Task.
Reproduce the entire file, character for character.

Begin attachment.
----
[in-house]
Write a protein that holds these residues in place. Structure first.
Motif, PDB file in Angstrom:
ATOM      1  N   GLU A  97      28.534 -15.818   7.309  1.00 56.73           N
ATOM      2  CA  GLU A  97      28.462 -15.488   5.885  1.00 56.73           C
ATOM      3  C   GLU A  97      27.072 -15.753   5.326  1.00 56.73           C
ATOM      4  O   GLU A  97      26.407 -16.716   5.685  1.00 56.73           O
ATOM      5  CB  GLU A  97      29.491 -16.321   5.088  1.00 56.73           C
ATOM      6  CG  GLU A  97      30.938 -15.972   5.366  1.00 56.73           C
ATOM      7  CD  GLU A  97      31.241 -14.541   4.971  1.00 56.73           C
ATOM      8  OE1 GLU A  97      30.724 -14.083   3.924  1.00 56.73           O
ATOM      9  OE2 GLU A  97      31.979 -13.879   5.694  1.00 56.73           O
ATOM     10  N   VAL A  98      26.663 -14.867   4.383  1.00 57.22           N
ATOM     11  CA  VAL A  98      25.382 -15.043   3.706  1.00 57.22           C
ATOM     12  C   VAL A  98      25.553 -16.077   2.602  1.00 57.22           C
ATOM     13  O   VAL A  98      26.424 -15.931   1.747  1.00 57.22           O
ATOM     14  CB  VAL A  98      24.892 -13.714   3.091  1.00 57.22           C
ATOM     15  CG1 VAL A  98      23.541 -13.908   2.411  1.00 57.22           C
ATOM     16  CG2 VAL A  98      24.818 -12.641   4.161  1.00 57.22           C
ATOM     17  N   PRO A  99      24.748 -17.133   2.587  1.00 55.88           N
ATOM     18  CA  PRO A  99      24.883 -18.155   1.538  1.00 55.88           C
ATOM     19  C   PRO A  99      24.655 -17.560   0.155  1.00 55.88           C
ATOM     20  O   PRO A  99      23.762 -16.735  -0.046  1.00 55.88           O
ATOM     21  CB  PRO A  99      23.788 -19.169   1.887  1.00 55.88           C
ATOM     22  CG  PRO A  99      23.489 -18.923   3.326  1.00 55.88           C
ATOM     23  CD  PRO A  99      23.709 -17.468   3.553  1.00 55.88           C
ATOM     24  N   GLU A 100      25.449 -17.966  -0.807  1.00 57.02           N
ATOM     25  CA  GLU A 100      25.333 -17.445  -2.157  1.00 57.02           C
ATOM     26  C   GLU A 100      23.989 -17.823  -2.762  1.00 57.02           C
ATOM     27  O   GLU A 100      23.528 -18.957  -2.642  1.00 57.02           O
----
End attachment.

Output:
[in-house]
Write a protein that holds these residues in place. Structure first.
Motif, PDB file in Angstrom:
ATOM      1  N   GLU A  97      28.534 -15.818   7.309  1.00 56.73           N
ATOM      2  CA  GLU A  97      28.462 -15.488   5.885  1.00 56.73           C
ATOM      3  C   GLU A  97      27.072 -15.753   5.326  1.00 56.73           C
ATOM      4  O   GLU A  97      26.407 -16.716   5.685  1.00 56.73           O
ATOM      5  CB  GLU A  97      29.491 -16.321   5.088  1.00 56.73           C
ATOM      6  CG  GLU A  97      30.938 -15.972   5.366  1.00 56.73           C
ATOM      7  CD  GLU A  97      31.241 -14.541   4.971  1.00 56.73           C
ATOM      8  OE1 GLU A  97      30.724 -14.083   3.924  1.00 56.73           O
ATOM      9  OE2 GLU A  97      31.979 -13.879   5.694  1.00 56.73           O
ATOM     10  N   VAL A  98      26.663 -14.867   4.383  1.00 57.22           N
ATOM     11  CA  VAL A  98      25.382 -15.043   3.706  1.00 57.22           C
ATOM     12  C   VAL A  98      25.553 -16.077   2.602  1.00 57.22           C
ATOM     13  O   VAL A  98      26.424 -15.931   1.747  1.00 57.22           O
ATOM     14  CB  VAL A  98      24.892 -13.714   3.091  1.00 57.22           C
ATOM     15  CG1 VAL A  98      23.541 -13.908   2.411  1.00 57.22           C
ATOM     16  CG2 VAL A  98      24.818 -12.641   4.161  1.00 57.22           C
ATOM     17  N   PRO A  99      24.748 -17.133   2.587  1.00 55.88           N
ATOM     18  CA  PRO A  99      24.883 -18.155   1.538  1.00 55.88           C
ATOM     19  C   PRO A  99      24.655 -17.560   0.155  1.00 55.88           C
ATOM     20  O   PRO A  99      23.762 -16.735  -0.046  1.00 55.88           O
ATOM     21  CB  PRO A  99      23.788 -19.169   1.887  1.00 55.88           C
ATOM     22  CG  PRO A  99      23.489 -18.923   3.326  1.00 55.88           C
ATOM     23  CD  PRO A  99      23.709 -17.468   3.553  1.00 55.88           C
ATOM     24  N   GLU A 100      25.449 -17.966  -0.807  1.00 57.02           N
ATOM     25  CA  GLU A 100      25.333 -17.445  -2.157  1.00 57.02           C
ATOM     26  C   GLU A 100      23.989 -17.823  -2.762  1.00 57.02           C
ATOM     27  O   GLU A 100      23.528 -18.957  -2.642  1.00 57.02           O